A Thai court on Wednesday allowed police to continue to detain one of five Iranian suspects in an alleged terror plot that was exposed by an accidental blast in a residential Bangkok neighborhood.
Police Maj. Gen. Piya Uthayo said Mohammad Kharzei, 42, will be held at a Bangkok prison for at least 12 more days. He was arrested on charges of being an accomplice to possession of unlawful explosives and causing explosions that damaged property and harmed other people.
Three men identified as Iranians fled the house where the blast occurred Feb. 14. Police found bombs in the house, and Thai officials have said Israeli diplomats may have been targeted.
There is speculation the suspects planned attacks as part of a covert battle being waged over Iran's alleged quest to develop nuclear weapons.
The explosions were one day after two attacks in India and the former Soviet Republic of Georgia in which bombers tried to hit Israeli targets with so-called "sticky" bombs that attach magnetically to vehicles.
In Thailand, 43 police officers, including senior-ranking commissioners, have been assigned to work on the case and have found "quite a bit of evidence," Piya said.
He said Kharzei is the first suspect whose case has proceeded under criminal law. He was arrested at Bangkok's airport trying to reach Malaysia. With court approval, a suspect can be detained without formal charges for up to 84 days.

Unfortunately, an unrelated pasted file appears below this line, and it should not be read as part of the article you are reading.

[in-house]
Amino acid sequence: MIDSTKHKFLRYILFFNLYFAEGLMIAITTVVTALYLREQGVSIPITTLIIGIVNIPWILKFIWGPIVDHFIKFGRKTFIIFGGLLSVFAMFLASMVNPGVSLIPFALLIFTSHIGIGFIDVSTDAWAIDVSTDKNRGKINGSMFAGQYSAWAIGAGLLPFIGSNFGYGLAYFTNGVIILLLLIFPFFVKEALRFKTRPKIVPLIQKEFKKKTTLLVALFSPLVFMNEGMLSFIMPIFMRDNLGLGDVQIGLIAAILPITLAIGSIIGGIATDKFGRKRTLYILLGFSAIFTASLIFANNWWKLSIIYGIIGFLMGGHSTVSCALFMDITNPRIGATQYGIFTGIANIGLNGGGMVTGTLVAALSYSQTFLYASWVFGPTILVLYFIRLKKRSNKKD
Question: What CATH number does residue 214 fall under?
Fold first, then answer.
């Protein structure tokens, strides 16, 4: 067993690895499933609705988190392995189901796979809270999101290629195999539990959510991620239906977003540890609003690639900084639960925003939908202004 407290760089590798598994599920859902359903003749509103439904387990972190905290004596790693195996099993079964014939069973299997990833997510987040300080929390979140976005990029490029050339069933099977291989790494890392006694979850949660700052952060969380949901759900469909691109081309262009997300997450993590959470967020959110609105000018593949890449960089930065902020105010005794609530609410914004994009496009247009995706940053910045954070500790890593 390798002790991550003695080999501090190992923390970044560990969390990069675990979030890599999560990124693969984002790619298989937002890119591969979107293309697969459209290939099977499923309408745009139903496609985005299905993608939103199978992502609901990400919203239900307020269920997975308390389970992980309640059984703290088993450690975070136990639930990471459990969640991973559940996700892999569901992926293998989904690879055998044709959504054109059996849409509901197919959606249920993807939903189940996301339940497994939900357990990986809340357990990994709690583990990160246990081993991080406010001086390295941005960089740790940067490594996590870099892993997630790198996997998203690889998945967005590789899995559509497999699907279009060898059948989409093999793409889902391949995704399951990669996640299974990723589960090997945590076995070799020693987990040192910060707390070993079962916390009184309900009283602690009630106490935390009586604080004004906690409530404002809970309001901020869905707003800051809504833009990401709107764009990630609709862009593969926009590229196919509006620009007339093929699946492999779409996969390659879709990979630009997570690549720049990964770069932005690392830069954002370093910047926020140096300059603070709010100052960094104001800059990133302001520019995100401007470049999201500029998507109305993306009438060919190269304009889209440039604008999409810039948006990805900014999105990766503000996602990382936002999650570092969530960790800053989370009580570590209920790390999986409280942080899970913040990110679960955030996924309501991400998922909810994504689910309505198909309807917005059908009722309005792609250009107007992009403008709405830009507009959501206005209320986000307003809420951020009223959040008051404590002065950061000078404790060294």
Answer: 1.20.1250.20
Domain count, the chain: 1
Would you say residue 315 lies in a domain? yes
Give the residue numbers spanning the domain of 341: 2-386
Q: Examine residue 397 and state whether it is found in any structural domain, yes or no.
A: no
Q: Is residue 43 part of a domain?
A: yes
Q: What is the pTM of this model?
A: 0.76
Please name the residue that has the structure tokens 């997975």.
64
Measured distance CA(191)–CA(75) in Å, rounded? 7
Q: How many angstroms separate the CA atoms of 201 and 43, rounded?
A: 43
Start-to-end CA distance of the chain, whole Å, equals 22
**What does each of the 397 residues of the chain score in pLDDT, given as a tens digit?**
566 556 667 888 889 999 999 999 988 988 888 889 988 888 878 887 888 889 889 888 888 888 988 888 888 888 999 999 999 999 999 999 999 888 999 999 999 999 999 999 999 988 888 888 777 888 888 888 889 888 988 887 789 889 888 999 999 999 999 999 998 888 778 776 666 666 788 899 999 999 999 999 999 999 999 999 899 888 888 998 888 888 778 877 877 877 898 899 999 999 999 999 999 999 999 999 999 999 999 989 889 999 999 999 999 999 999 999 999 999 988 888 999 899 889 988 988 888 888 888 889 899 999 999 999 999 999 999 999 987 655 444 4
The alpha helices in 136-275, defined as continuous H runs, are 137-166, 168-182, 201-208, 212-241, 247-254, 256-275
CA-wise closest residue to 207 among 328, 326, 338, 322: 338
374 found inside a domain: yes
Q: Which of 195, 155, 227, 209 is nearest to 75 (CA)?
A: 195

Another suspect, Saeid Moradi, 28, is so far being held for violating immigration law. He was detained soon after the blast after he wounded himself attempting to hurl explosives at police officers.
Arrest warrants have been issued for three other suspects, all Iranians: Masoud Sedaghatzadeh, 31, who was detained by Malaysian authorities last week; Leila Rohani, 31; and Norouzi Shayan Ali Akbar, 57. Thai authorities are seeking Sedaghatzadeh's extradition and believe Rohani and Akbar have returned to their home country.
Piya said investigators have not found any links between the suspects and dozens of stickers bearing the word "SEJEAL" _ possibly a reference to a passage from the Quran _ that were pasted at various locations in Bangkok. Matching stickers were found on a motorcycle and another apartment belonging to the Iranians.
"The officers will base their investigation only on the evidence and witnesses, and will use neither speculation, nor imagination in solving this case," Piya said.
Officials have said police found in the rented house two portable radio bombs _ each filled with one or two pounds of plastic explosives _ with round, coin-like magnets on them. Similar bombs were used in the Georgian and Indian attacks, and they are also similar to a device used in the assassination of an Iranian nuclear scientist, which Iran had blamed on Israel.